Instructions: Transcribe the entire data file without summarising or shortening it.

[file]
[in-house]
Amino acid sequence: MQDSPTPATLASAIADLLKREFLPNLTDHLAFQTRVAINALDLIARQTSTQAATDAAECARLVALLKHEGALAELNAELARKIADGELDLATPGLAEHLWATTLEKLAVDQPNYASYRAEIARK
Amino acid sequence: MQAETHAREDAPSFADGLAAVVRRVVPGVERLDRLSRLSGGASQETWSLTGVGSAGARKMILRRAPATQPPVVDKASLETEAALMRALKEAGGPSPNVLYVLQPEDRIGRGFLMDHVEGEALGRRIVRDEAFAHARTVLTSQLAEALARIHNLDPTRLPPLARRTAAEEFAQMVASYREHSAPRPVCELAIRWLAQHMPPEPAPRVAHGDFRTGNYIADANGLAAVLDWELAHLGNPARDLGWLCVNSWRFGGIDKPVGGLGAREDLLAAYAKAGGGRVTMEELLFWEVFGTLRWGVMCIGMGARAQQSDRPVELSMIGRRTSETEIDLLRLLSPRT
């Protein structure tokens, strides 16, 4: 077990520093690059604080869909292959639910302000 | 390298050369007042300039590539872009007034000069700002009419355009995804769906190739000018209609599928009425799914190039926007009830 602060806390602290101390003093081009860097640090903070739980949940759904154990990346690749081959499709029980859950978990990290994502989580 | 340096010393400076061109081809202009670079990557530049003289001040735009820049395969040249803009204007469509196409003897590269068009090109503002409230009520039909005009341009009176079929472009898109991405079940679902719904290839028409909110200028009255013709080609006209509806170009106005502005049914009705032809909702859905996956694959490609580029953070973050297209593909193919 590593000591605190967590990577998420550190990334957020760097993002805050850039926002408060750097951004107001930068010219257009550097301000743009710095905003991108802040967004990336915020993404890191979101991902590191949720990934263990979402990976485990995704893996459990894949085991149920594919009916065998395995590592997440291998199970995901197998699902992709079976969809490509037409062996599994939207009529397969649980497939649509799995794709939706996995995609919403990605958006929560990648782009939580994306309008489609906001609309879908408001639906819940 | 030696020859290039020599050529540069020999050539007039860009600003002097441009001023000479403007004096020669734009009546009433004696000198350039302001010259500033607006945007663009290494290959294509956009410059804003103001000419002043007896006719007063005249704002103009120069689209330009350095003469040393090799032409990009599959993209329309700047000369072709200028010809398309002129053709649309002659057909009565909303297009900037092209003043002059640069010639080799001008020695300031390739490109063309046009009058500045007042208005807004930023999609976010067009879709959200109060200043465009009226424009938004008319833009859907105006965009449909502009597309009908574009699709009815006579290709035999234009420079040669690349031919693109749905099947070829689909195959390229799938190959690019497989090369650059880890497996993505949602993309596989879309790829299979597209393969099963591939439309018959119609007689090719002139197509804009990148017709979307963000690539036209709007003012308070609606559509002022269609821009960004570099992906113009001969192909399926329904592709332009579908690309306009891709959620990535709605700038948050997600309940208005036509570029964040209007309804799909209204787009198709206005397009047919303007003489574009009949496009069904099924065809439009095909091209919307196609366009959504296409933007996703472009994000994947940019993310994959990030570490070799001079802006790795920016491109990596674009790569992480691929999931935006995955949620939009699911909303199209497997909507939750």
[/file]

[in-house]
Amino acid sequence: MQDSPTPATLASAIADLLKREFLPNLTDHLAFQTRVAINALDLIARQTSTQAATDAAECARLVALLKHEGALAELNAELARKIADGELDLATPGLAEHLWATTLEKLAVDQPNYASYRAEIARK
Amino acid sequence: MQAETHAREDAPSFADGLAAVVRRVVPGVERLDRLSRLSGGASQETWSLTGVGSAGARKMILRRAPATQPPVVDKASLETEAALMRALKEAGGPSPNVLYVLQPEDRIGRGFLMDHVEGEALGRRIVRDEAFAHARTVLTSQLAEALARIHNLDPTRLPPLARRTAAEEFAQMVASYREHSAPRPVCELAIRWLAQHMPPEPAPRVAHGDFRTGNYIADANGLAAVLDWELAHLGNPARDLGWLCVNSWRFGGIDKPVGGLGAREDLLAAYAKAGGGRVTMEELLFWEVFGTLRWGVMCIGMGARAQQSDRPVELSMIGRRTSETEIDLLRLLSPRT
């Protein structure tokens, strides 16, 4: 077990520093690059604080869909292959639910302000 | 390298050369007042300039590539872009007034000069700002009419355009995804769906190739000018209609599928009425799914190039926007009830 602060806390602290101390003093081009860097640090903070739980949940759904154990990346690749081959499709029980859950978990990290994502989580 | 340096010393400076061109081809202009670079990557530049003289001040735009820049395969040249803009204007469509196409003897590269068009090109503002409230009520039909005009341009009176079929472009898109991405079940679902719904290839028409909110200028009255013709080609006209509806170009106005502005049914009705032809909702859905996956694959490609580029953070973050297209593909193919 590593000591605190967590990577998420550190990334957020760097993002805050850039926002408060750097951004107001930068010219257009550097301000743009710095905003991108802040967004990336915020993404890191979101991902590191949720990934263990979402990976485990995704893996459990894949085991149920594919009916065998395995590592997440291998199970995901197998699902992709079976969809490509037409062996599994939207009529397969649980497939649509799995794709939706996995995609919403990605958006929560990648782009939580994306309008489609906001609309879908408001639906819940 | 030696020859290039020599050529540069020999050539007039860009600003002097441009001023000479403007004096020669734009009546009433004696000198350039302001010259500033607006945007663009290494290959294509956009410059804003103001000419002043007896006719007063005249704002103009120069689209330009350095003469040393090799032409990009599959993209329309700047000369072709200028010809398309002129053709649309002659057909009565909303297009900037092209003043002059640069010639080799001008020695300031390739490109063309046009009058500045007042208005807004930023999609976010067009879709959200109060200043465009009226424009938004008319833009859907105006965009449909502009597309009908574009699709009815006579290709035999234009420079040669690349031919693109749905099947070829689909195959390229799938190959690019497989090369650059880890497996993505949602993309596989879309790829299979597209393969099963591939439309018959119609007689090719002139197509804009990148017709979307963000690539036209709007003012308070609606559509002022269609821009960004570099992906113009001969192909399926329904592709332009579908690309306009891709959620990535709605700038948050997600309940208005036509570029964040209007309804799909209204787009198709206005397009047919303007003489574009009949496009069904099924065809439009095909091209919307196609366009959504296409933007996703472009994000994947940019993310994959990030570490070799001079802006790795920016491109990596674009790569992480691929999931935006995955949620939009699911909303199209497997909507939750």